The degu is native to central and northern Chile, where they live in large groups. In the wild they live in elaborate burrows amongst the rocks and brush of the West Andean slopes. The females raise their young in a communal group. To be healthy and happy, degus should be kept as pets in pairs or groups. As pets, they typically live 5-8 years.
Degus can become very tame if handled regularly and from an early age. They are playful and curious creatures and, like most rodents, love to chew everything. They thrive on social interaction and activity. Without regular social interaction and opportunities for exercise they can become aggressive and neurotic. A degu spends its days digging tunnels and burrowing, so it will need a large enclosure with adequate bedding that allows this activity.
While degus are relatively quiet critters, they do sometimes whistle or make quiet warbling sounds when they groom each other.
With degus being unable to metabolize sugar, diabetes is a concern. This can be prevented, however, by offering them degu-specific food and not giving foods high in sugar. If your degu is suddenly drinking a lot of water, contact your veterinarian.
Overweight degus have a higher risk of developing liver issues. Females in particular have an increased risk when they come to breeding age. Avoid feeding your degu fatty foods such as sunflower seeds and nuts.
Degus are also susceptible to ear mites. If you notice excessive itching or scratching at the ears, contact your veterinarian.
Cataracts are a genetic problem degus are susceptible to at any age. Contact your veterinarian should you notice any eye discharge or cloudiness.
Degus should be fed a specially pelleted degu diet or a mix of 50% guinea pig pellets and 50% chinchilla pellets. Grass hay should always be available. Some fresh vegetables in small amounts may be given a couple times a week as a treat. These include: sweet potato (peeled, uncooked), carrots, green beans, and leafy greens. Degus do bury their food, so remember to remove any uneaten fresh vegetable treats before they spoil.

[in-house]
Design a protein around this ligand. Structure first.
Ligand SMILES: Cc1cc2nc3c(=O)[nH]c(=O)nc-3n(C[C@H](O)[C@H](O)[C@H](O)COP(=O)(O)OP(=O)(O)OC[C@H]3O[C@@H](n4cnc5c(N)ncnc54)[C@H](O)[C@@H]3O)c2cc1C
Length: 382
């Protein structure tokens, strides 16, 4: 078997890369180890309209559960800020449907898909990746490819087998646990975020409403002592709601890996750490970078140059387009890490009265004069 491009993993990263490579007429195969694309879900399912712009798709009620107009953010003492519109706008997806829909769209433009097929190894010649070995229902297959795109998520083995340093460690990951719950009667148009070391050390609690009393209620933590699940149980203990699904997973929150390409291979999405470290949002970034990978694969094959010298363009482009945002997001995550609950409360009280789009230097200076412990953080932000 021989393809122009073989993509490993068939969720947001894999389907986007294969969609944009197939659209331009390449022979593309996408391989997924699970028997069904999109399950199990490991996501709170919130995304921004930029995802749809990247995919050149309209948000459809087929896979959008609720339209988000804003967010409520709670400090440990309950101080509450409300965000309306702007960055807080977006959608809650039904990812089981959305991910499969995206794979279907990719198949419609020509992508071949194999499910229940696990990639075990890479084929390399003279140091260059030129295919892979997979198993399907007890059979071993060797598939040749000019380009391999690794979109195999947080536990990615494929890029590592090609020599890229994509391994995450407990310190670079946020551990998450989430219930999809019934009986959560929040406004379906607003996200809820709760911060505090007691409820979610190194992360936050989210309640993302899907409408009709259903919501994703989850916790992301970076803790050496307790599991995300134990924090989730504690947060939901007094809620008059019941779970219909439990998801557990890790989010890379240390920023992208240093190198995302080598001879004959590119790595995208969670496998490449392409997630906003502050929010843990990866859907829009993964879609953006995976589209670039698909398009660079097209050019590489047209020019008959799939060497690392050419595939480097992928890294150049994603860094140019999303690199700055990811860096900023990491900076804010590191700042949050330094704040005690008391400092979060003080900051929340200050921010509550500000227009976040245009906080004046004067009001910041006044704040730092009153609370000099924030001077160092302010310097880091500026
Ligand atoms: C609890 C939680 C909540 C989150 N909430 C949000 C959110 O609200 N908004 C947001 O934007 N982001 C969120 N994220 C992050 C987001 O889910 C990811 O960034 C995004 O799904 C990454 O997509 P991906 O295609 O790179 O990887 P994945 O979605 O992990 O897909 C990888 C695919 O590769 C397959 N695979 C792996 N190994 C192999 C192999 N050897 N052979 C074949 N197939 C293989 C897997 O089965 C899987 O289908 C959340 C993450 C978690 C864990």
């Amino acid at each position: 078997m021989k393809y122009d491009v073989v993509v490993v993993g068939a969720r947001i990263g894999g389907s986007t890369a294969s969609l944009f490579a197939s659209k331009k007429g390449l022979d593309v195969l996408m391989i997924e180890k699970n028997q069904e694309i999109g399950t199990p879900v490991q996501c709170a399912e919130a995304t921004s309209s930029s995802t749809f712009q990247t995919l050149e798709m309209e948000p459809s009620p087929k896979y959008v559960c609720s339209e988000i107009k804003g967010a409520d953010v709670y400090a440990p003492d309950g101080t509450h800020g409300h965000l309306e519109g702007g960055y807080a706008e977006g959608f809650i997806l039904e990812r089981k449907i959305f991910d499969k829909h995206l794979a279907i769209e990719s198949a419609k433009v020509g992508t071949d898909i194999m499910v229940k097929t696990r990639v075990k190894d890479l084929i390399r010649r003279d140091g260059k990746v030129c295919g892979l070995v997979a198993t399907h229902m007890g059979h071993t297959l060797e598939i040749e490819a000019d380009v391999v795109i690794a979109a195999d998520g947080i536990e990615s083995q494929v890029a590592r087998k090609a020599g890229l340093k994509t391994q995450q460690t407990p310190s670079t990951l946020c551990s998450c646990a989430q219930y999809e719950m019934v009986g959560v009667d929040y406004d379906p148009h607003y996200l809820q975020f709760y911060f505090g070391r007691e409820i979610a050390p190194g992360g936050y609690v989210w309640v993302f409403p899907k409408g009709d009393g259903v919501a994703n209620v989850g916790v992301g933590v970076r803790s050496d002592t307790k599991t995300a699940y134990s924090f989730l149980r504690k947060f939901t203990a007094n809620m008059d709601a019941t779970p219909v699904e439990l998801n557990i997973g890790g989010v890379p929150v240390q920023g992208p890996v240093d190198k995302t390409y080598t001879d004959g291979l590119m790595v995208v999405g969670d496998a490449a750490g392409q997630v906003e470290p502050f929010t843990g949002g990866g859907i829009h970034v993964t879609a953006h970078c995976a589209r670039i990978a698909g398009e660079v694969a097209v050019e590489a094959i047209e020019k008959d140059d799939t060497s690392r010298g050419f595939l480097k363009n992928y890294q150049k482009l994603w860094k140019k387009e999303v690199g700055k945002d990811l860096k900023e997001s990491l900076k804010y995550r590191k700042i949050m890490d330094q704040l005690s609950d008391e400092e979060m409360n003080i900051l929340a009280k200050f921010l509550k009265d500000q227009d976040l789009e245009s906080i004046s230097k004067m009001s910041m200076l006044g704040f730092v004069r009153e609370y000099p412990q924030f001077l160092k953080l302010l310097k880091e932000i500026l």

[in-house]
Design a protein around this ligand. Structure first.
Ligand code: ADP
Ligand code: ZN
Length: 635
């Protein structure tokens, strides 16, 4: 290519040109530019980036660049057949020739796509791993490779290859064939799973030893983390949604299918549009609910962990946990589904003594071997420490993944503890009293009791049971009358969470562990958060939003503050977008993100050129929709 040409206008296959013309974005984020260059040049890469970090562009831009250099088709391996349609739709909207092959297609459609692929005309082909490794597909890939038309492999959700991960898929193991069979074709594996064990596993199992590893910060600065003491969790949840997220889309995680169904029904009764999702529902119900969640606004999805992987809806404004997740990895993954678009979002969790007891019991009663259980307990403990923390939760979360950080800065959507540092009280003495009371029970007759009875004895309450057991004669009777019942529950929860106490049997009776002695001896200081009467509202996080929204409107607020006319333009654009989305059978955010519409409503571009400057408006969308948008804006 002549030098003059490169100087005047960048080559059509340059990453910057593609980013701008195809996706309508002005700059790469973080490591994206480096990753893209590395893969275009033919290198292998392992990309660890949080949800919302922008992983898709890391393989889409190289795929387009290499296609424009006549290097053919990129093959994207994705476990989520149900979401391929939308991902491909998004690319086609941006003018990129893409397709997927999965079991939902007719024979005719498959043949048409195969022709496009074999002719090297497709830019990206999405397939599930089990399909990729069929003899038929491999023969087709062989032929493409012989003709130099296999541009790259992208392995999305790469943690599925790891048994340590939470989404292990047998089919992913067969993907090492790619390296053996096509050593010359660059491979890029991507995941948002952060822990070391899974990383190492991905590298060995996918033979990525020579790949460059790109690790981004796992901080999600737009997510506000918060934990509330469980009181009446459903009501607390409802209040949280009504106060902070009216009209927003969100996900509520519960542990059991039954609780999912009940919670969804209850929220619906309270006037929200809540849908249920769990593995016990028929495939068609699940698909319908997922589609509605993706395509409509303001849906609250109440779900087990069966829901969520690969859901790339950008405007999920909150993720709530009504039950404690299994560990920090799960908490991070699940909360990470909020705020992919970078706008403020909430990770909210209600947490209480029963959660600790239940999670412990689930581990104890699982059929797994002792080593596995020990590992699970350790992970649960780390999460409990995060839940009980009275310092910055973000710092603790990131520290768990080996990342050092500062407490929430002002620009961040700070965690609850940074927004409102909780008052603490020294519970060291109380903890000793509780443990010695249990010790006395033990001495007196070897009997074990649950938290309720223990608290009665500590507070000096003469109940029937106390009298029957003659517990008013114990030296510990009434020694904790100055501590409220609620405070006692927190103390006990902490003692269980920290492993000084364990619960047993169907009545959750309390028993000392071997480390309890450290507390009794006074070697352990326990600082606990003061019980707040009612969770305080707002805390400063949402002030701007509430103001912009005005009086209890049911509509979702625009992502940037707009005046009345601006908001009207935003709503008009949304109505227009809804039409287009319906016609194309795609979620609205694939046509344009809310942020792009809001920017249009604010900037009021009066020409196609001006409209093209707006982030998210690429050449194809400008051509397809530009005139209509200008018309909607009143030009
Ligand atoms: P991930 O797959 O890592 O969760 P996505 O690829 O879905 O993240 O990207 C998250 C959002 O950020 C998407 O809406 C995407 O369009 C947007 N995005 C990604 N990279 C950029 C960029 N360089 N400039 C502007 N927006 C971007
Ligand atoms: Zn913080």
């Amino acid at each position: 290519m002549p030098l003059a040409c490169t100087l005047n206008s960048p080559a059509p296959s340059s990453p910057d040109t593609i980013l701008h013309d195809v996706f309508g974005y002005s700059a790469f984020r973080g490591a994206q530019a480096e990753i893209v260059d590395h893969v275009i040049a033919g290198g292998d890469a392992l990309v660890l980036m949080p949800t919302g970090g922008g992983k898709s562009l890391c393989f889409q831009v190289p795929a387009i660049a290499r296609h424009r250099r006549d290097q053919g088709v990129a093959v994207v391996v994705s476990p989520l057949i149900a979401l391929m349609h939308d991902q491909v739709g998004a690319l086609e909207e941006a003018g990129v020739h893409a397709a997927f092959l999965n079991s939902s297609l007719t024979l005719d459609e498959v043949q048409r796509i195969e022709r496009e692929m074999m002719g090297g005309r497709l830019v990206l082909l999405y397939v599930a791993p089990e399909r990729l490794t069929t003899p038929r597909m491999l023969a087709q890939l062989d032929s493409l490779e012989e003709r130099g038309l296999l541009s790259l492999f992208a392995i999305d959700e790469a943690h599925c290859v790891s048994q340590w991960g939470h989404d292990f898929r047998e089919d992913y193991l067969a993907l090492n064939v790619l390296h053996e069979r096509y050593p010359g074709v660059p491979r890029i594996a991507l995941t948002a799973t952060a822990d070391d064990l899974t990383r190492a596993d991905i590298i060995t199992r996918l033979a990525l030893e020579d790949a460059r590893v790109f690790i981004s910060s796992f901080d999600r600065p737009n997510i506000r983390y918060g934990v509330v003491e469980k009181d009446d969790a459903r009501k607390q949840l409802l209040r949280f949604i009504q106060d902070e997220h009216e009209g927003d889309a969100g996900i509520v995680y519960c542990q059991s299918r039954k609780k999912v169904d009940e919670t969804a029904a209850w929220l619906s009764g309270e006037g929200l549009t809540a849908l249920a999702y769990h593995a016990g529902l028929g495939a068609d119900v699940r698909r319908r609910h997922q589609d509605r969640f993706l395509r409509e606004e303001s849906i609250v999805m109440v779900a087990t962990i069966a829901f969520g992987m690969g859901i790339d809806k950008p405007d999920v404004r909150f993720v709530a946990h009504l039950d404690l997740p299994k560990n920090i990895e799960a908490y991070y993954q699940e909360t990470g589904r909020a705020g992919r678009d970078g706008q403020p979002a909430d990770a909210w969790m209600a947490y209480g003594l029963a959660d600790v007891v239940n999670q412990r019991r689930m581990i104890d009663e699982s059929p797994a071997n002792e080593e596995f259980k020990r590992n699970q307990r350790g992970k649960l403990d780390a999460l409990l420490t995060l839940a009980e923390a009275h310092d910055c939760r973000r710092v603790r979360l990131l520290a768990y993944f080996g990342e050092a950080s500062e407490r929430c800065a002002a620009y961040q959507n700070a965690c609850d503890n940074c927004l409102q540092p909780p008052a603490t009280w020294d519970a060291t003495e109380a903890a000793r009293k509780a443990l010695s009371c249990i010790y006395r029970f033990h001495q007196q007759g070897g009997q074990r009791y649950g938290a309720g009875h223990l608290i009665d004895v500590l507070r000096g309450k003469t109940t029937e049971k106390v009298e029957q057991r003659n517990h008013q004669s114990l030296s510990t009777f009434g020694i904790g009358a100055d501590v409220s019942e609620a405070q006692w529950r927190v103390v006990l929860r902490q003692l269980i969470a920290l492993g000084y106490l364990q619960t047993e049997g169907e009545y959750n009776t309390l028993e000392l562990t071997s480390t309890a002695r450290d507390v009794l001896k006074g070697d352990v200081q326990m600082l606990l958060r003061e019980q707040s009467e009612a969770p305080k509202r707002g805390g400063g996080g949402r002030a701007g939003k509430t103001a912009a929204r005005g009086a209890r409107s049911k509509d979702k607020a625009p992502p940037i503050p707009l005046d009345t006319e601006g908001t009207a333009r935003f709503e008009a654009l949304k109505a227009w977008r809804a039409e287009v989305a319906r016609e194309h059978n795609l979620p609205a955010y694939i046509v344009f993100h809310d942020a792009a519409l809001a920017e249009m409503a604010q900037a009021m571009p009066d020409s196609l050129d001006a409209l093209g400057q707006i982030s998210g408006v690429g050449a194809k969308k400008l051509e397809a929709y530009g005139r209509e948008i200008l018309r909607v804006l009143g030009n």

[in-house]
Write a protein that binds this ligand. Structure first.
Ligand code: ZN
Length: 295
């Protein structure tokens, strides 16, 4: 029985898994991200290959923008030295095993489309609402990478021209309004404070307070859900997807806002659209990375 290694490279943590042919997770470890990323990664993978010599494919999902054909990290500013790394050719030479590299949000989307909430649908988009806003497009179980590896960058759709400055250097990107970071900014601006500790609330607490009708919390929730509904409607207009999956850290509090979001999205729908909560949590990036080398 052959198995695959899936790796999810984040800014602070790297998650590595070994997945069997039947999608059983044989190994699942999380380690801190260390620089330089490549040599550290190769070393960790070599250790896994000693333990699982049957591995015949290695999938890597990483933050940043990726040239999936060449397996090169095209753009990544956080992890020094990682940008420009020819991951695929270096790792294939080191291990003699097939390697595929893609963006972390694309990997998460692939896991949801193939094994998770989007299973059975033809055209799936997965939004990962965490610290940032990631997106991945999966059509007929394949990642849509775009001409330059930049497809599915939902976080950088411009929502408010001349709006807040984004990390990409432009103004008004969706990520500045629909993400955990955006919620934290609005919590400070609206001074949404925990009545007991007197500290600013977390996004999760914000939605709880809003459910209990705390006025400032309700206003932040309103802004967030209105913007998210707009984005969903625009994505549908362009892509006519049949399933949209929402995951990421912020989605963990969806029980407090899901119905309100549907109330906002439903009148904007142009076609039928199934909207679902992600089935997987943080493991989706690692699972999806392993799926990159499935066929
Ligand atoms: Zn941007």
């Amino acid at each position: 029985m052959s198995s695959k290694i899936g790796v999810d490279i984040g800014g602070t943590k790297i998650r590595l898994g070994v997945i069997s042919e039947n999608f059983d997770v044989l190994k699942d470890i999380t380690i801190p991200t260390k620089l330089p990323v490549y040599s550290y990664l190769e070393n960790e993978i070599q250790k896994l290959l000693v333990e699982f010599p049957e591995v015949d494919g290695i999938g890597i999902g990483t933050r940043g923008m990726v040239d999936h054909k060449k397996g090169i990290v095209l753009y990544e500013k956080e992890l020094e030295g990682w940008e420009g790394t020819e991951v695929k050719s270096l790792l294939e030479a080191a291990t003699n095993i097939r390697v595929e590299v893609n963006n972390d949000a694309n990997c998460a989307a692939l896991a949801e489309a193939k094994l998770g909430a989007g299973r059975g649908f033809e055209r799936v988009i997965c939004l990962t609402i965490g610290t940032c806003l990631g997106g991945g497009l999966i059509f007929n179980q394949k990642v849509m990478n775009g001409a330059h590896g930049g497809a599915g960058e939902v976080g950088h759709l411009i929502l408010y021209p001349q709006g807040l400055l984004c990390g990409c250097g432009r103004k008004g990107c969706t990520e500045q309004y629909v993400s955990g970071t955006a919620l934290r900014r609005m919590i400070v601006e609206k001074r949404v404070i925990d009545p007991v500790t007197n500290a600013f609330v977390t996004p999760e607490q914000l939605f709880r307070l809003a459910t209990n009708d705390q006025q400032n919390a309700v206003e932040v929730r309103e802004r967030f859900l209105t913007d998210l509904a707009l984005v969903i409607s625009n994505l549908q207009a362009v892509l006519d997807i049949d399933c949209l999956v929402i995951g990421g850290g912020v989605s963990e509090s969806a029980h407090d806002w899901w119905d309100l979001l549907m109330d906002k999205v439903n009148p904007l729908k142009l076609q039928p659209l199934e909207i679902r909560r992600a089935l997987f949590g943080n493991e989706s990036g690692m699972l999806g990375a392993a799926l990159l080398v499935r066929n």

The diet of a degu should be low in sugars, carbohydrates, and fats. Degus are unable to metabolize sugar, so be especially careful to avoid treats with sugar, including fresh or dried fruit. Rodent mixtures consisting of corn, cereals, sunflower seeds, raisins or dried fruit should not be fed to degus.
Clean, fresh water should be available at all times. Use an inverted bottle with a drinking tube that can be attached to the cage and change water daily.
Degus require a large amount of space and should be kept in a big multi-level cage similar to those made for ferrets or chinchillas. The cage should have a solid floor. Provide a sufficient amount of bedding that will allow for digging and stockpiling of food. A solid (no rungs) exercise wheel and tubes (or PVC pipes) for tunnels are important cage furnishings to address degus' natural activities and exercise needs.
Bedding should consist of dust free shavings as well as hay. Your degu will eat some of their hay and use some for building a nest. Make sure to avoid cedar and pine shavings as these woods are harmful to degus. You will also want to include a flat-topped nest box or igloo. This gives degus a sense of security and, since they like to climb, the box also gives them another place to climb up and sit. Clean, untreated branches from fruit trees put in the cage can also create climbing opportunities and entertainment.
Degus are determined chewers and need plenty of opportunities to chew. Untreated, unpainted wood blocks or commercially produced wood chews made for rabbits work well for degus.
Like chinchillas, degus need regular dust baths. Provide a shallow bowl of chinchilla dust a couple times a week. They will typically only need it for 20-30 minutes and then you can remove it.
Keep the cage away from direct sunlight, drafts, and other pets such as dogs and cats.
Pairs or groups of degus should be same-sex. It is not recommended that males and females be kept together as degus are prolific breeders and breeding shortens the life span of females.
Start by hand feeding the degu small treats. When they seem comfortable taking treats, scoop them up with both hands, being sure to support their bottom. Handle them regularly to develop their confidence. Once at ease they may learn to climb in your hand when you reach into the cage. Degus move very quickly so when carried or held be careful to keep them secured. Never try to catch a degu by grabbing its tail. As a natural defense against predators, the tail sheds easily but doesn’t grow back.
For time outside the cage, a large runner ball can be ideal for burning off energy.